With Purple Carrot’s other plans, there is a ‘change meals’ link under the ‘Upcoming Menus’ on your account. You can also change your meal plans or skip deliveries if you want to.
If you have a Hungryroot subscription, you can customize the meals you receive under the deliveries section of your account. First you need to remove items that you don’t want from your scheduled box and then add products that you do want back in. When your box is 100% full, you click ‘save.’
Using this feature, you can customize your plan to remove meals with soy and other allergens. You can also customize the number of servings you want as well as the dishes you’d like to get.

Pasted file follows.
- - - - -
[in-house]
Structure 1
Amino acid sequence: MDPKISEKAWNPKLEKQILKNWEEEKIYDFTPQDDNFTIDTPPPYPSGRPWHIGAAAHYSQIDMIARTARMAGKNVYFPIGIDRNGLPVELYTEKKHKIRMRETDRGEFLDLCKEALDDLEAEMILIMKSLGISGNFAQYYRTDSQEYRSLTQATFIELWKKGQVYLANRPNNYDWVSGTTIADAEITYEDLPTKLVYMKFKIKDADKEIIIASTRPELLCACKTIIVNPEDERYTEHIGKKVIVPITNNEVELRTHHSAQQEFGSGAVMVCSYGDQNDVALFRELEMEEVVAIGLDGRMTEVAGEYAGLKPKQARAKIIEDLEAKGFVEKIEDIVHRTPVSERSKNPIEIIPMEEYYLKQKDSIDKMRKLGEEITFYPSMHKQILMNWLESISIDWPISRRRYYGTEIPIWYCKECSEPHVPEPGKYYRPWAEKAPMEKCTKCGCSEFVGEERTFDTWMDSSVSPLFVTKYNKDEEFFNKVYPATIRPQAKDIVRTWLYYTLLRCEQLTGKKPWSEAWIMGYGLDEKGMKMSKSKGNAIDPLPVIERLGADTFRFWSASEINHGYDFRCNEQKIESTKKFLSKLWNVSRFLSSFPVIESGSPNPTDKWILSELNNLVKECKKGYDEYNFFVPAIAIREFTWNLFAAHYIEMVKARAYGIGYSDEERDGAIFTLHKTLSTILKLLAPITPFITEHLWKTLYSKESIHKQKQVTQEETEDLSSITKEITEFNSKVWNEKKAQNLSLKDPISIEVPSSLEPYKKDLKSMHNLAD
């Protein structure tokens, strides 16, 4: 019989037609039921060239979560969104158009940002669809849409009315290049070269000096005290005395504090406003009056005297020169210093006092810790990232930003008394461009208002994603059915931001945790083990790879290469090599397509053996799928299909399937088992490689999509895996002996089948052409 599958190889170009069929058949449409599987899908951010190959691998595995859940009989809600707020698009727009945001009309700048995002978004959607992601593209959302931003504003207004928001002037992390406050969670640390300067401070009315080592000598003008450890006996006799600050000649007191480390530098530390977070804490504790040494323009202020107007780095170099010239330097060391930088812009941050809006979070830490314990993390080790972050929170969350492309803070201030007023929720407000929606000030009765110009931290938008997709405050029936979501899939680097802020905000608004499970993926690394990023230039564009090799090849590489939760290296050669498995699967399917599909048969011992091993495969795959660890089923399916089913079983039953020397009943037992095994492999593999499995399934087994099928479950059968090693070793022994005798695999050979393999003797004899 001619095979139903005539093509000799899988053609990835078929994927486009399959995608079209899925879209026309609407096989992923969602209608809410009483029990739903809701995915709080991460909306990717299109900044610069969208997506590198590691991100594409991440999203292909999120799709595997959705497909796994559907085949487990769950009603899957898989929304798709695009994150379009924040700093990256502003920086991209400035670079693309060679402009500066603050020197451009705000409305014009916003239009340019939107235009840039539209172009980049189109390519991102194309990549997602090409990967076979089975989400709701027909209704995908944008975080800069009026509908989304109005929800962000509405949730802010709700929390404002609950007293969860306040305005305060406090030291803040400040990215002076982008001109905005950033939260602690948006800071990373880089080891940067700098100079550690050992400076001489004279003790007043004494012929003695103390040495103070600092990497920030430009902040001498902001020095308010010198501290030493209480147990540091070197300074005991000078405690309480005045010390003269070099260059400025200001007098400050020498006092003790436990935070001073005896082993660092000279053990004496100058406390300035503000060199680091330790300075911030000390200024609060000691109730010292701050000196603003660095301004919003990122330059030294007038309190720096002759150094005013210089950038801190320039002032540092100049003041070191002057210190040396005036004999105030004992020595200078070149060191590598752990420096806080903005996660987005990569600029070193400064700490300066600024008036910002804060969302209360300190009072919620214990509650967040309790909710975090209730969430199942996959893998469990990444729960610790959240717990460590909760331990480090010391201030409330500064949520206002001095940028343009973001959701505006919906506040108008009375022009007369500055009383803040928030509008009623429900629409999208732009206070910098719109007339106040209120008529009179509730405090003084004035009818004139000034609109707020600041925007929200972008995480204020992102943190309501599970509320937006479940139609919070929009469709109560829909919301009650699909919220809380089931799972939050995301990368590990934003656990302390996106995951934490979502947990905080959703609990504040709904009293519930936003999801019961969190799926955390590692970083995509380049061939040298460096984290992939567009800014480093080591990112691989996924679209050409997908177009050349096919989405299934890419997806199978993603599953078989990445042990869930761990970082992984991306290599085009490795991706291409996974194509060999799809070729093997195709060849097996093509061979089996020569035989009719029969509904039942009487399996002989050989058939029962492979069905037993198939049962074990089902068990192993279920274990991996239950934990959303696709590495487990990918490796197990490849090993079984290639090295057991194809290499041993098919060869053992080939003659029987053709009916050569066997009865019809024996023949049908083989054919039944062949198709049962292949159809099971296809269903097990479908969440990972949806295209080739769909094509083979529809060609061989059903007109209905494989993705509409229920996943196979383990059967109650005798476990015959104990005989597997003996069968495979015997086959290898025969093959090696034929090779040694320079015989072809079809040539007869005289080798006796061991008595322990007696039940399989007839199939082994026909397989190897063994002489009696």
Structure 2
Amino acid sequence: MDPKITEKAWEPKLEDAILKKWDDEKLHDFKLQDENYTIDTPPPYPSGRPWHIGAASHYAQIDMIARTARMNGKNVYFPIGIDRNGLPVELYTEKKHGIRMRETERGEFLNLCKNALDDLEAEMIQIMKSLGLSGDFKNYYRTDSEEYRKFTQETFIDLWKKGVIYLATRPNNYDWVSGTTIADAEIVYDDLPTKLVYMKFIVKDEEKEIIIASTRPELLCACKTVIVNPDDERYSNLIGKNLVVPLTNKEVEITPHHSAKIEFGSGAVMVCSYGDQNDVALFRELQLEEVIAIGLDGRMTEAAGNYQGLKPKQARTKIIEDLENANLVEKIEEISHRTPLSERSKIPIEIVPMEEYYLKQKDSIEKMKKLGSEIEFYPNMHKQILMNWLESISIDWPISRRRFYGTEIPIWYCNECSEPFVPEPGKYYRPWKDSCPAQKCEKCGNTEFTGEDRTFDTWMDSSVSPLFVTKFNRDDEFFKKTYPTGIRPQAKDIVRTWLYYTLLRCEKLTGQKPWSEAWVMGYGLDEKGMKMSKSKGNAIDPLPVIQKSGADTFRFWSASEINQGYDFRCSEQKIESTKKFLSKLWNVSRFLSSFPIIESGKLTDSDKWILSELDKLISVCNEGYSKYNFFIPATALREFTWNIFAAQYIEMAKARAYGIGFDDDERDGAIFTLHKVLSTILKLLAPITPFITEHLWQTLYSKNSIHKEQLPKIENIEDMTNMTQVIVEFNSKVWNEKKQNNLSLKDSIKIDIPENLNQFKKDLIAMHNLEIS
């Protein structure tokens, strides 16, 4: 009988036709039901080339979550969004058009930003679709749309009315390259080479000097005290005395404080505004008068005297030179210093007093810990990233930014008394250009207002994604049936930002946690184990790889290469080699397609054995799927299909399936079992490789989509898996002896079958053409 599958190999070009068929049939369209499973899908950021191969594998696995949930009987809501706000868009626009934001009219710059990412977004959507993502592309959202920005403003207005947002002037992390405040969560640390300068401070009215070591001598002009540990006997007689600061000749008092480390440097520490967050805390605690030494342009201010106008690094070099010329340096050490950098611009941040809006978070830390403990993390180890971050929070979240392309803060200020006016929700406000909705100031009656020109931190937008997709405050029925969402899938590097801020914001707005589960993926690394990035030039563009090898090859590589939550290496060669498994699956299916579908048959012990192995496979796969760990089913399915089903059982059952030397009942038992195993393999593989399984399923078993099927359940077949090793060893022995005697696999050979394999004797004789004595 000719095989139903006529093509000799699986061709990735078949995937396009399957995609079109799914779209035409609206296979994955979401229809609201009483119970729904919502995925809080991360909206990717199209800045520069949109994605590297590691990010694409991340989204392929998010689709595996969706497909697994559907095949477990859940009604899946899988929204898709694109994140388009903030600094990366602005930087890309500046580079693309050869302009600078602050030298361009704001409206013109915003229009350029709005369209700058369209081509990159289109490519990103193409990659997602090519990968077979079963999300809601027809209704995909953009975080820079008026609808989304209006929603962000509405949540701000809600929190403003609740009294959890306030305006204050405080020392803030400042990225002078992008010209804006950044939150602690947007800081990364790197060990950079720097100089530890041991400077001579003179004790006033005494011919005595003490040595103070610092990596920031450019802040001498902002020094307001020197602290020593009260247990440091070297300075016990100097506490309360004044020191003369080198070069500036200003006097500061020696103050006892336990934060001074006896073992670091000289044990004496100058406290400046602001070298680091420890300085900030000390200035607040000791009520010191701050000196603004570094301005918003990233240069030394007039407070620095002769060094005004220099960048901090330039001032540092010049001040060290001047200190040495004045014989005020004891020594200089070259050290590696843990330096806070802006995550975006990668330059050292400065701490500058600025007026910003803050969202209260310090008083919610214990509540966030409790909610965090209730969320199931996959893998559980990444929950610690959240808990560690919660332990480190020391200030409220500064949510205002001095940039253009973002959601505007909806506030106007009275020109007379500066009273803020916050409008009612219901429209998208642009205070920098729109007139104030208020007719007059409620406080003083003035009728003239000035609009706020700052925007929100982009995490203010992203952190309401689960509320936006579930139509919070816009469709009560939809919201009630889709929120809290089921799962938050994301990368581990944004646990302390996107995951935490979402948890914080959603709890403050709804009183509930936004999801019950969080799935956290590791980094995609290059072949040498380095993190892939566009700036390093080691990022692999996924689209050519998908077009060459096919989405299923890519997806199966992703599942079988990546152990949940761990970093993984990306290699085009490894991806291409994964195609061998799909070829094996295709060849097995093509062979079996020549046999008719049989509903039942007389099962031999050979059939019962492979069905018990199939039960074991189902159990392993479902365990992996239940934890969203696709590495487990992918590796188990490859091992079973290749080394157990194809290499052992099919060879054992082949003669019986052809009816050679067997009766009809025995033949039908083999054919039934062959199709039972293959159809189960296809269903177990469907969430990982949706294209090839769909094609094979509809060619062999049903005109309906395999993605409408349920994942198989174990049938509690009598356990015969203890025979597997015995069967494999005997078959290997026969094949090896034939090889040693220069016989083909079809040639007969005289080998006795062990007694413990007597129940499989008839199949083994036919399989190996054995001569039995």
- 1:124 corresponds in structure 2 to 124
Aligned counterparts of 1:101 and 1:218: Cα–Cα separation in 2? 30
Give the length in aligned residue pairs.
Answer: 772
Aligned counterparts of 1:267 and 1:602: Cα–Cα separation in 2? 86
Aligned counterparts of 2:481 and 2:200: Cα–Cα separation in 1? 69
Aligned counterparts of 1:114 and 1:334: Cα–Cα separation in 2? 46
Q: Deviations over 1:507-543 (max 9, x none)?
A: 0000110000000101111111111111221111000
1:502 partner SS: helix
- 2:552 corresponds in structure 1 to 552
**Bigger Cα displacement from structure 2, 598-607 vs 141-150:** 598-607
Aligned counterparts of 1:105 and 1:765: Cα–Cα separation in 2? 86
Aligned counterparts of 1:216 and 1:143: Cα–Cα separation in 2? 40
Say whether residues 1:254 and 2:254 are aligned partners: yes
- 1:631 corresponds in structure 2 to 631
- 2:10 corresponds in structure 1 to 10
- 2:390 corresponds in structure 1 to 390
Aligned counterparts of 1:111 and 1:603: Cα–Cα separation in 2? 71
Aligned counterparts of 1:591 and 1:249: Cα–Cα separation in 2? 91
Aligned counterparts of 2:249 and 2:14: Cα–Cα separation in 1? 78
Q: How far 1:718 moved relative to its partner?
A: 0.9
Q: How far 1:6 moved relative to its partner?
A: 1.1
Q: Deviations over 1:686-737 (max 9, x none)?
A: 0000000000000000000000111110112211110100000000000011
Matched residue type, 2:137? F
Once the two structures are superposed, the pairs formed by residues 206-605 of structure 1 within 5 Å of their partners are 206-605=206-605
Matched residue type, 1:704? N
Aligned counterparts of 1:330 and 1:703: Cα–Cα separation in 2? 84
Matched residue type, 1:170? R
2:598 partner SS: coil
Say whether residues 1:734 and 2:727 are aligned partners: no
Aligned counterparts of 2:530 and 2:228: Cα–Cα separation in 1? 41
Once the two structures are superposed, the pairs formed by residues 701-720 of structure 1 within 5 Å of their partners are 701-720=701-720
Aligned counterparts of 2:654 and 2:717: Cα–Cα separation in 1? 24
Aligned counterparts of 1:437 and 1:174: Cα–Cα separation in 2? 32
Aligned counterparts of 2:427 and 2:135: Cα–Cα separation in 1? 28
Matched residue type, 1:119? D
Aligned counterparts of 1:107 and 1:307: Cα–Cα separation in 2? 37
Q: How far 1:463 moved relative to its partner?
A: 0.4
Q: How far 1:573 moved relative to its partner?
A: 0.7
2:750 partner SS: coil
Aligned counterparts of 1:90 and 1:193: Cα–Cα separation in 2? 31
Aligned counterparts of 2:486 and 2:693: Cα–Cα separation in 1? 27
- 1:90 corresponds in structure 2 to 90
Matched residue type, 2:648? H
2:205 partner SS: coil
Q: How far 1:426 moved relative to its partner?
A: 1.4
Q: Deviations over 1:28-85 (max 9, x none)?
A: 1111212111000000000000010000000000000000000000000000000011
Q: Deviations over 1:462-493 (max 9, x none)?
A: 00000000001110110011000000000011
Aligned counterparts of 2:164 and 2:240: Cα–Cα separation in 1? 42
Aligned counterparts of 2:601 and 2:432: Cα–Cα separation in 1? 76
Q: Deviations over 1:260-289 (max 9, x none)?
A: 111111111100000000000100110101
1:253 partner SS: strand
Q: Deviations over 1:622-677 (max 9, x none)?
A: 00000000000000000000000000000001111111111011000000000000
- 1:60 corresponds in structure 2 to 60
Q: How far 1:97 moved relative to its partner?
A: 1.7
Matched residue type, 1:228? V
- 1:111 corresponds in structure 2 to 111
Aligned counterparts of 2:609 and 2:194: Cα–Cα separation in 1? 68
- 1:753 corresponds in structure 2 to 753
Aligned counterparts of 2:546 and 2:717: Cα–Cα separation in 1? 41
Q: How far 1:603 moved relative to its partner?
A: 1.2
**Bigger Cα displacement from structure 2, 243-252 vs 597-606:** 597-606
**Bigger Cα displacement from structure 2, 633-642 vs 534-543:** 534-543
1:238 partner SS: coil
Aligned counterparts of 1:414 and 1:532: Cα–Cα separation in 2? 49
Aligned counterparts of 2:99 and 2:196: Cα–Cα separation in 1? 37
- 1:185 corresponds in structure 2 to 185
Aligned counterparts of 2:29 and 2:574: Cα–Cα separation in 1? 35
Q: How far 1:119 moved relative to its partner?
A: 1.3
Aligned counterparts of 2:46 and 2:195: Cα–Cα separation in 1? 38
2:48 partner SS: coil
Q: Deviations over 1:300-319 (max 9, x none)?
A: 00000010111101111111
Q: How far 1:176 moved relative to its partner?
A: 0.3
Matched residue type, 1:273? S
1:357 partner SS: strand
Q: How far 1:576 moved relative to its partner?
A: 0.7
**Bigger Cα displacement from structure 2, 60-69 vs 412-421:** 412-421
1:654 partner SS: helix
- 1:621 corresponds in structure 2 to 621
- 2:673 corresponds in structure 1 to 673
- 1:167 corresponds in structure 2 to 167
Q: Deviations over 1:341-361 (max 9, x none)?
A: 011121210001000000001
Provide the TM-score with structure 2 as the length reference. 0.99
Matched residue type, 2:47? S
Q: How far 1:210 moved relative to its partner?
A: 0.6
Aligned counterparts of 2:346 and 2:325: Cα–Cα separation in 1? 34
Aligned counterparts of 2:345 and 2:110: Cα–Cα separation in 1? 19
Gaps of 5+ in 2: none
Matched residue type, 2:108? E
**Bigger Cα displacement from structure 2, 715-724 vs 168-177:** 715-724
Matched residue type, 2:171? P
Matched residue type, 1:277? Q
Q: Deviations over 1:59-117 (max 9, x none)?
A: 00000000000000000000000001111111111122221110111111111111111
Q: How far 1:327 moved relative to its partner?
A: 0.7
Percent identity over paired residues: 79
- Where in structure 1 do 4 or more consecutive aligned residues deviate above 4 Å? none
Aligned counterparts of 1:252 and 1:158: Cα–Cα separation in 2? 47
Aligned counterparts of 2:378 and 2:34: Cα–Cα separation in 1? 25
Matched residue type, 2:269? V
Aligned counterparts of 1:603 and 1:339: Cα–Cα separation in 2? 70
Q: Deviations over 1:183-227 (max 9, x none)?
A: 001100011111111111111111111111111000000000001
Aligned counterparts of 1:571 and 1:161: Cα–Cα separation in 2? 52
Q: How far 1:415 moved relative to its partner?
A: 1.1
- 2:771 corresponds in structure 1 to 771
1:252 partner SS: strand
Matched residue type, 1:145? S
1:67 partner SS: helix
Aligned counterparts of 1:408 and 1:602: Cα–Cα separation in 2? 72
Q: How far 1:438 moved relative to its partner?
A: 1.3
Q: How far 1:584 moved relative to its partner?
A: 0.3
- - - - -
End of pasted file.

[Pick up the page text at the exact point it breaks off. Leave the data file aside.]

What Makes These Companies Unique
Both companies have surprisingly delicious options. For an omnivore like me, I’ve been pleasantly reminded that eating vegetarian meals doesn’t have to be bland or have an unsatisfying raw taste. Meals from both companies are tasty.
Here’s what I like best and least about these companies.
- Purple Carrot’s meals are flavorful and fun to cook. I like that I can get involved in the cooking process but still have a substantial meal within about 30 minutes.
- Purple Carrot’s focus on dinners makes it simple to customize your weekly deliveries.
- I liked the idea of the TB12 Performance meal plan because it’s completely gluten-free.
- For meals without meat, the price seemed a little bit high even for a meal kit delivery service.
- You can’t customize the TB12 menus each week.